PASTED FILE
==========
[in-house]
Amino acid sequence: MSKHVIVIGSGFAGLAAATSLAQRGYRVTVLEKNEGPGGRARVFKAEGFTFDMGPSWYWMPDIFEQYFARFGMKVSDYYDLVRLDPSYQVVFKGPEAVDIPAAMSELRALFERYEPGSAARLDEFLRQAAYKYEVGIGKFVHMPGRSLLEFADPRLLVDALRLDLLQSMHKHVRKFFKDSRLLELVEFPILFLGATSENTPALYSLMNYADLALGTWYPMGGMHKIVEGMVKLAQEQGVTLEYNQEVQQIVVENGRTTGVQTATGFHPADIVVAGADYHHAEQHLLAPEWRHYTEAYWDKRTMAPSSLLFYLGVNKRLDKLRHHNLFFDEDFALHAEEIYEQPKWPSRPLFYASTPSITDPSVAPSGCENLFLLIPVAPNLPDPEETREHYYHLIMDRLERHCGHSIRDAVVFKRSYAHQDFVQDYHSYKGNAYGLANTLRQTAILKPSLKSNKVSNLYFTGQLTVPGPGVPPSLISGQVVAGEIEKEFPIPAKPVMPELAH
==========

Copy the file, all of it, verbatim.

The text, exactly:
[in-house]
Amino acid sequence: MSKHVIVIGSGFAGLAAATSLAQRGYRVTVLEKNEGPGGRARVFKAEGFTFDMGPSWYWMPDIFEQYFARFGMKVSDYYDLVRLDPSYQVVFKGPEAVDIPAAMSELRALFERYEPGSAARLDEFLRQAAYKYEVGIGKFVHMPGRSLLEFADPRLLVDALRLDLLQSMHKHVRKFFKDSRLLELVEFPILFLGATSENTPALYSLMNYADLALGTWYPMGGMHKIVEGMVKLAQEQGVTLEYNQEVQQIVVENGRTTGVQTATGFHPADIVVAGADYHHAEQHLLAPEWRHYTEAYWDKRTMAPSSLLFYLGVNKRLDKLRHHNLFFDEDFALHAEEIYEQPKWPSRPLFYASTPSITDPSVAPSGCENLFLLIPVAPNLPDPEETREHYYHLIMDRLERHCGHSIRDAVVFKRSYAHQDFVQDYHSYKGNAYGLANTLRQTAILKPSLKSNKVSNLYFTGQLTVPGPGVPPSLISGQVVAGEIEKEFPIPAKPVMPELAH